Date of Award

Fall 2013

Degree Type


Degree Name

Doctor of Philosophy (PhD)



First Advisor

Paul Whitfield White

Second Advisor

Charles S. Ross

Committee Chair

Paul Whitfield White

Committee Member 1

Charles S. Ross

Committee Member 2

Michael Johnston

Committee Member 3

S. Dorsey Armstrong

Committee Member 4

Shaun Hughes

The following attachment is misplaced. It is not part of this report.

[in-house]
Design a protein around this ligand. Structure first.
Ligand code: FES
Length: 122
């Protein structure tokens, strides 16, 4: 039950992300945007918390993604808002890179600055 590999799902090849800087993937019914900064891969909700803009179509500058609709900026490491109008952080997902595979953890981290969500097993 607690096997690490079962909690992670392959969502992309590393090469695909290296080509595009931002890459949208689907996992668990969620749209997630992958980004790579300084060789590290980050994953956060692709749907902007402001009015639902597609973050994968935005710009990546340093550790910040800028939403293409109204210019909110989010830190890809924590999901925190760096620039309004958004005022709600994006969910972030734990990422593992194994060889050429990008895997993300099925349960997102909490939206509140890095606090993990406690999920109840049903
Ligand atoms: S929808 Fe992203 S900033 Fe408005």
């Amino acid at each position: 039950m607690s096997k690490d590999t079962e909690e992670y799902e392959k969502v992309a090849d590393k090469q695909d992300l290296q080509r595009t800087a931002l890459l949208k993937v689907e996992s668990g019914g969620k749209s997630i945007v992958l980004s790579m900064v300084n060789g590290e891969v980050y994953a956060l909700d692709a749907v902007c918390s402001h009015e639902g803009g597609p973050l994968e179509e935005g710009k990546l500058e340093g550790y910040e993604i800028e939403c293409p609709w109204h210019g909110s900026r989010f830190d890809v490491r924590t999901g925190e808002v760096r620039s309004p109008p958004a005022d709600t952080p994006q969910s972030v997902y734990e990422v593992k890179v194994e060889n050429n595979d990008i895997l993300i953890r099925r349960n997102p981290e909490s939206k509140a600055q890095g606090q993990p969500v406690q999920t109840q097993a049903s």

This dissertation contends that guilds-folk in sixteenth-century England made their own changes to the play-texts of civic drama and that these changes remain visible to us in the manuscripts which preserve the plays. Further, it argues that the actors and pageant-makers themselves often made these revisions, rather than the civic or ecclesial authorities traditionally credited for rewriting the pageants. These changes, introduced in production and transferred into the texts, helped keep the plays vibrant and successful throughout most of the sixteenth century and reflect the practical and local concerns of their participants. This work continues the historical investigations into pageant performance carried out by the numerous contributors to the Records of Early English Drama project. These scholars' efforts compiling, studying and publishing guild and city accounts of play production connect the performance of civic drama to the towns and cities wherein the plays were performed. By arguing that actors and pageant masters prepared their texts with the same care that historical records show they took with production and promotion, my dissertation offers a new way to read textual variance in the plays themselves. Read thusly, revisions in the plays clearly record a response to local concerns, economic change, or audience reception.